"Buenos dias", "buenas noches" -- this was the first words in a foreign language I heard in my life, as a three-year old boy growing up in developing post-war Western Germany, where the first gastarbeiters had arrived from Spain. Fascinated by the strange sounds, I tried to get to know some more languages, the only opportunity being TV courses of English and French -- there was no foreign language education for pre-teen school children in Germany yet in those days. Read more
To find some answers Tim Machan explores the language's present and past, and looks ahead to its futures among the one and a half billion people who speak it. His search is fascinating and important, for definitions of English have influenced education and law in many countries and helped shape the identities of those who live in them.
This volume provides a new perspective on the evolution of the special language of medicine, based on the electronic corpus of Early Modern English Medical Texts, containing over two million words of medical writing from 1500 to 1700.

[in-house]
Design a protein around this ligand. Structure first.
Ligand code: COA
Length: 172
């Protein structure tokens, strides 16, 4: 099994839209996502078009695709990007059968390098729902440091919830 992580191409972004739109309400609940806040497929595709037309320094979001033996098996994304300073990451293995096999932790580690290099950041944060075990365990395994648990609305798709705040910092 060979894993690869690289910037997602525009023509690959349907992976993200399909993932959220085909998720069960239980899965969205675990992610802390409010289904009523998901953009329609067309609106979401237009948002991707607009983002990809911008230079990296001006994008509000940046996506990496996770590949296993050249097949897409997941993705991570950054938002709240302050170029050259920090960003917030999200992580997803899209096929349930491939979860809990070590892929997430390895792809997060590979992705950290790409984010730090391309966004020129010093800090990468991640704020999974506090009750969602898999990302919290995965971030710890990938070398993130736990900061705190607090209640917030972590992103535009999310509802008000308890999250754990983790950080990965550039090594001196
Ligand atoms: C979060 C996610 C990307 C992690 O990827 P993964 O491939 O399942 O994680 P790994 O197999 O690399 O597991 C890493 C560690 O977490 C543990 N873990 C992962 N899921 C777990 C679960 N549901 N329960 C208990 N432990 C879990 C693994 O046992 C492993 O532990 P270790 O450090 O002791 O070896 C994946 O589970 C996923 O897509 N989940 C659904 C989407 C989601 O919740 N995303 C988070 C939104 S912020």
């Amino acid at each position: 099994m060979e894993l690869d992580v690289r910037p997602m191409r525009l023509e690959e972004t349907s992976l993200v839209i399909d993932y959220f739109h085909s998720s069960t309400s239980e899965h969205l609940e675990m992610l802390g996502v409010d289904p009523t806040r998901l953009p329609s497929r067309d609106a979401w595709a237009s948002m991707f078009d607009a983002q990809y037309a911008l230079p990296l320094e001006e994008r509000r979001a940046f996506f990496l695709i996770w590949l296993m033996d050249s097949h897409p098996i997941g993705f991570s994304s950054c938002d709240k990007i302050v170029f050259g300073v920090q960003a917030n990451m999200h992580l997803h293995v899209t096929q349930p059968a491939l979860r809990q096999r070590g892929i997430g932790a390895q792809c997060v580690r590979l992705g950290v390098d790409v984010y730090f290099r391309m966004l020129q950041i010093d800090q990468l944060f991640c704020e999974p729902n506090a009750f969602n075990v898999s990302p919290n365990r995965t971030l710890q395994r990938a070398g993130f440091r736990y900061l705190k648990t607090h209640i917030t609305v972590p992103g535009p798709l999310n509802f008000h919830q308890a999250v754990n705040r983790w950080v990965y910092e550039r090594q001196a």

This is what Prof. Wayles Browne of Cornell's Department of Linguistics said about the book:
"The book is a product of many years of research and writing. Professor Ridjanovć brought to bear his life-long involvement in language teaching and linguistics on a book that he modesty calls a textbook, although the 345-page grammatical part is a full-fledged grammar which includes many rules that were not observed in two centuries of grammatical investigation of the lanaguage now called by four different names (Bosnian, Croatian, Montenegrin, Serbian)."
The book's main parts are: 40 lessons each with about ten exercises (255 pages), Bosnian grammar (345 pages), Bosnian-English glossary (100 pages), and a brief English-Bosnian glossary. It comes with a CD on which are recorded most of the lessons, the last item being a well-known Bosnian folk song.